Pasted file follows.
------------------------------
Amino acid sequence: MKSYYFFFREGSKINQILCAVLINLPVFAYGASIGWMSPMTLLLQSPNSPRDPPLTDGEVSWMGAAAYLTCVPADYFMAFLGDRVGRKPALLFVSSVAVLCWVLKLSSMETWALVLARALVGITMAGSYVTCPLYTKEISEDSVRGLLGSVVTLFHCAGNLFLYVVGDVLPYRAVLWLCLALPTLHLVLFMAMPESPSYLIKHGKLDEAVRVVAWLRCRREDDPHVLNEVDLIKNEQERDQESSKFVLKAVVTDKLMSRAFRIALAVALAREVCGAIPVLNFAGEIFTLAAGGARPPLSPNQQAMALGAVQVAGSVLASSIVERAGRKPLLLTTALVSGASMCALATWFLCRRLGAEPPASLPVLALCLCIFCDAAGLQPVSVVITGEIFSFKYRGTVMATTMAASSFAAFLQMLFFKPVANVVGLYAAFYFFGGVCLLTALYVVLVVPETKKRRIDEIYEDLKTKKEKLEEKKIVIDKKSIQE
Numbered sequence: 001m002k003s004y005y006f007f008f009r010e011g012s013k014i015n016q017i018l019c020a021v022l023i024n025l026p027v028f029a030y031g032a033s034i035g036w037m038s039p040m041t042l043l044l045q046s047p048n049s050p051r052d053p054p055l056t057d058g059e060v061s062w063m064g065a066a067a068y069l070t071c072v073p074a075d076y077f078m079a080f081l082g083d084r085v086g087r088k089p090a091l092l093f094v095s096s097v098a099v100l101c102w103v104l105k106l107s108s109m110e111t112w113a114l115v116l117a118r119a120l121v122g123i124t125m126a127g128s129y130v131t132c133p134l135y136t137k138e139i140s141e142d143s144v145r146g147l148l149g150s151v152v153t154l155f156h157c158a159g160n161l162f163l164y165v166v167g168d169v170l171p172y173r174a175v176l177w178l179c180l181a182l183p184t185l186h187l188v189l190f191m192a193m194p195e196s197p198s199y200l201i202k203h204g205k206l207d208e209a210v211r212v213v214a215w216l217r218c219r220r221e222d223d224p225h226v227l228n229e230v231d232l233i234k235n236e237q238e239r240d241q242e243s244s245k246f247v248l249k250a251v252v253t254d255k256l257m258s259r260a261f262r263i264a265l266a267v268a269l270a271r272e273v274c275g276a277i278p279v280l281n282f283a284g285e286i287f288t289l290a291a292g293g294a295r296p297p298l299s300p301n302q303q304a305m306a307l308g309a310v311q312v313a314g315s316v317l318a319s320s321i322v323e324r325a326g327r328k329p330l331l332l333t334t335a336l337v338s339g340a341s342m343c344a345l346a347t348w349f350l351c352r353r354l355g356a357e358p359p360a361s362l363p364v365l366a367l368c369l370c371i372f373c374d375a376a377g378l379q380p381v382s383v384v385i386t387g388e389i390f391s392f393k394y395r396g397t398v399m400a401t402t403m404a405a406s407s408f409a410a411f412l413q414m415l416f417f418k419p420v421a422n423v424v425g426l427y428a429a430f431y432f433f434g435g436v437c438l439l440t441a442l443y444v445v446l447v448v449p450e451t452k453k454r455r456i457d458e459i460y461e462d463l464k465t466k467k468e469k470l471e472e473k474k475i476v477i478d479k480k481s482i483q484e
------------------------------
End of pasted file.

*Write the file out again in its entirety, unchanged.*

Amino acid sequence: MKSYYFFFREGSKINQILCAVLINLPVFAYGASIGWMSPMTLLLQSPNSPRDPPLTDGEVSWMGAAAYLTCVPADYFMAFLGDRVGRKPALLFVSSVAVLCWVLKLSSMETWALVLARALVGITMAGSYVTCPLYTKEISEDSVRGLLGSVVTLFHCAGNLFLYVVGDVLPYRAVLWLCLALPTLHLVLFMAMPESPSYLIKHGKLDEAVRVVAWLRCRREDDPHVLNEVDLIKNEQERDQESSKFVLKAVVTDKLMSRAFRIALAVALAREVCGAIPVLNFAGEIFTLAAGGARPPLSPNQQAMALGAVQVAGSVLASSIVERAGRKPLLLTTALVSGASMCALATWFLCRRLGAEPPASLPVLALCLCIFCDAAGLQPVSVVITGEIFSFKYRGTVMATTMAASSFAAFLQMLFFKPVANVVGLYAAFYFFGGVCLLTALYVVLVVPETKKRRIDEIYEDLKTKKEKLEEKKIVIDKKSIQE
Numbered sequence: 001m002k003s004y005y006f007f008f009r010e011g012s013k014i015n016q017i018l019c020a021v022l023i024n025l026p027v028f029a030y031g032a033s034i035g036w037m038s039p040m041t042l043l044l045q046s047p048n049s050p051r052d053p054p055l056t057d058g059e060v061s062w063m064g065a066a067a068y069l070t071c072v073p074a075d076y077f078m079a080f081l082g083d084r085v086g087r088k089p090a091l092l093f094v095s096s097v098a099v100l101c102w103v104l105k106l107s108s109m110e111t112w113a114l115v116l117a118r119a120l121v122g123i124t125m126a127g128s129y130v131t132c133p134l135y136t137k138e139i140s141e142d143s144v145r146g147l148l149g150s151v152v153t154l155f156h157c158a159g160n161l162f163l164y165v166v167g168d169v170l171p172y173r174a175v176l177w178l179c180l181a182l183p184t185l186h187l188v189l190f191m192a193m194p195e196s197p198s199y200l201i202k203h204g205k206l207d208e209a210v211r212v213v214a215w216l217r218c219r220r221e222d223d224p225h226v227l228n229e230v231d232l233i234k235n236e237q238e239r240d241q242e243s244s245k246f247v248l249k250a251v252v253t254d255k256l257m258s259r260a261f262r263i264a265l266a267v268a269l270a271r272e273v274c275g276a277i278p279v280l281n282f283a284g285e286i287f288t289l290a291a292g293g294a295r296p297p298l299s300p301n302q303q304a305m306a307l308g309a310v311q312v313a314g315s316v317l318a319s320s321i322v323e324r325a326g327r328k329p330l331l332l333t334t335a336l337v338s339g340a341s342m343c344a345l346a347t348w349f350l351c352r353r354l355g356a357e358p359p360a361s362l363p364v365l366a367l368c369l370c371i372f373c374d375a376a377g378l379q380p381v382s383v384v385i386t387g388e389i390f391s392f393k394y395r396g397t398v399m400a401t402t403m404a405a406s407s408f409a410a411f412l413q414m415l416f417f418k419p420v421a422n423v424v425g426l427y428a429a430f431y432f433f434g435g436v437c438l439l440t441a442l443y444v445v446l447v448v449p450e451t452k453k454r455r456i457d458e459i460y461e462d463l464k465t466k467k468e469k470l471e472e473k474k475i476v477i478d479k480k481s482i483q484e